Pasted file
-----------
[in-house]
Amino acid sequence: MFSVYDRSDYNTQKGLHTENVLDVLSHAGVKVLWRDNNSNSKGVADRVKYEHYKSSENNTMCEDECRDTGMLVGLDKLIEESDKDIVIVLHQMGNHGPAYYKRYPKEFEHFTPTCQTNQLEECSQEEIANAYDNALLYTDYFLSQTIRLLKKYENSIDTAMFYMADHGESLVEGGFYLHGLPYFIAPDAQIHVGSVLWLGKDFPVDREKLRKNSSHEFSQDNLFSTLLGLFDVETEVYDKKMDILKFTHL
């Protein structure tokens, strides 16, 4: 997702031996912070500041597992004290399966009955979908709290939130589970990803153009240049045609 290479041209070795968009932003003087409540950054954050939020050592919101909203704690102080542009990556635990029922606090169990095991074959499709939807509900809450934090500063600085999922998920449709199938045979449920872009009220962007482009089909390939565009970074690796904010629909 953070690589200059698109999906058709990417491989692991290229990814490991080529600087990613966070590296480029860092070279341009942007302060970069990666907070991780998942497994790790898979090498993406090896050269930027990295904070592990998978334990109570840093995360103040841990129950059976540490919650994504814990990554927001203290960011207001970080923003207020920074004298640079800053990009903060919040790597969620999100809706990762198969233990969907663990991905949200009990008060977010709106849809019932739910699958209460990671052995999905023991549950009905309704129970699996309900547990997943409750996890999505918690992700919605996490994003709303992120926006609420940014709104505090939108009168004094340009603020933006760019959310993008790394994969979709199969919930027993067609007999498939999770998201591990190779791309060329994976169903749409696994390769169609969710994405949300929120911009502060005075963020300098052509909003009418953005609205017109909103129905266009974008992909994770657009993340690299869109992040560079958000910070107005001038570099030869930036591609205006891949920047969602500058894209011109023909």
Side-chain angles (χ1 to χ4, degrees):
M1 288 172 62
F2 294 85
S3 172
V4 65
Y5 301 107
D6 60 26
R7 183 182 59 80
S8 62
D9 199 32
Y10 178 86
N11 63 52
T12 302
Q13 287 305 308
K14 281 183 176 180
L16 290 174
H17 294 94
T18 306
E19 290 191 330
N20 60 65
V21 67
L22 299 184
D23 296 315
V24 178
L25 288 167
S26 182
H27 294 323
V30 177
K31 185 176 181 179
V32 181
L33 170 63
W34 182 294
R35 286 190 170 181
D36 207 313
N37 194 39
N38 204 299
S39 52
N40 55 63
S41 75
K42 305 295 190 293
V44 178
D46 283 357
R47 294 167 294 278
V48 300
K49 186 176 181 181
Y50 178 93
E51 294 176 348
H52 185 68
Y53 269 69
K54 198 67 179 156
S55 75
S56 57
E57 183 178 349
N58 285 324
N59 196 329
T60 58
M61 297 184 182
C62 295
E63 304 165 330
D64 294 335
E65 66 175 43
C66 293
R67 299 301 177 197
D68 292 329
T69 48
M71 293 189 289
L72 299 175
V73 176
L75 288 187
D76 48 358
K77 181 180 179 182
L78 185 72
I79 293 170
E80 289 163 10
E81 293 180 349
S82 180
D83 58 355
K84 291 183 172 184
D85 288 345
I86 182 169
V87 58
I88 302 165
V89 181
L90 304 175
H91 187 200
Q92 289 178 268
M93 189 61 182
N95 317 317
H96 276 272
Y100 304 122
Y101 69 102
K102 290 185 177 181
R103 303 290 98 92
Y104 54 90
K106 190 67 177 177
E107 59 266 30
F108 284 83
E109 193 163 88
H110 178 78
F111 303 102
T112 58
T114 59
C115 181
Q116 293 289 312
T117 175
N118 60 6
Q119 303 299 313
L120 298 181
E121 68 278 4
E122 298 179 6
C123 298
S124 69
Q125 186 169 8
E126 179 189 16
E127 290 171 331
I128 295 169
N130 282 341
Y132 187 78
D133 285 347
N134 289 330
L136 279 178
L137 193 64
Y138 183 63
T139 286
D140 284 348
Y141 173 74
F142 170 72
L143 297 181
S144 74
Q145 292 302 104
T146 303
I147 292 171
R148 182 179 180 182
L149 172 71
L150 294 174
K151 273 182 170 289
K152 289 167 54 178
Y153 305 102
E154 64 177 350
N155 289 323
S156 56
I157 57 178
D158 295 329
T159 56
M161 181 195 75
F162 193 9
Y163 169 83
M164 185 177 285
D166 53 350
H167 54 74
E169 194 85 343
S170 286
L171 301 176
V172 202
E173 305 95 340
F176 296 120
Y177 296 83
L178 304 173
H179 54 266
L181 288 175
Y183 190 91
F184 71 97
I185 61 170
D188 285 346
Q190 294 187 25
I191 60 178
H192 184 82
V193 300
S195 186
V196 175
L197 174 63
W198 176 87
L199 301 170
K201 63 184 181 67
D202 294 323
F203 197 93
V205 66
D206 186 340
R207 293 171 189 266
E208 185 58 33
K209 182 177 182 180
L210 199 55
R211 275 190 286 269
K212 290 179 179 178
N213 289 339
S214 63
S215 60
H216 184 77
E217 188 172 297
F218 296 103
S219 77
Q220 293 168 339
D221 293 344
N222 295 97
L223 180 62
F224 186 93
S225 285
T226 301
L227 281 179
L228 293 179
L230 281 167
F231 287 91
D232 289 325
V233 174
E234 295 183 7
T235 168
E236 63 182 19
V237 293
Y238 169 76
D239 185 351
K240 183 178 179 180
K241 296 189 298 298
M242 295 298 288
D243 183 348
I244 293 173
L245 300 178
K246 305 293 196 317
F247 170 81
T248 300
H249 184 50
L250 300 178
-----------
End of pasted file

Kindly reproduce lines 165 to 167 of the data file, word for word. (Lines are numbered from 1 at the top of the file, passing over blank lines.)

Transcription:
F184 71 97
I185 61 170
D188 285 346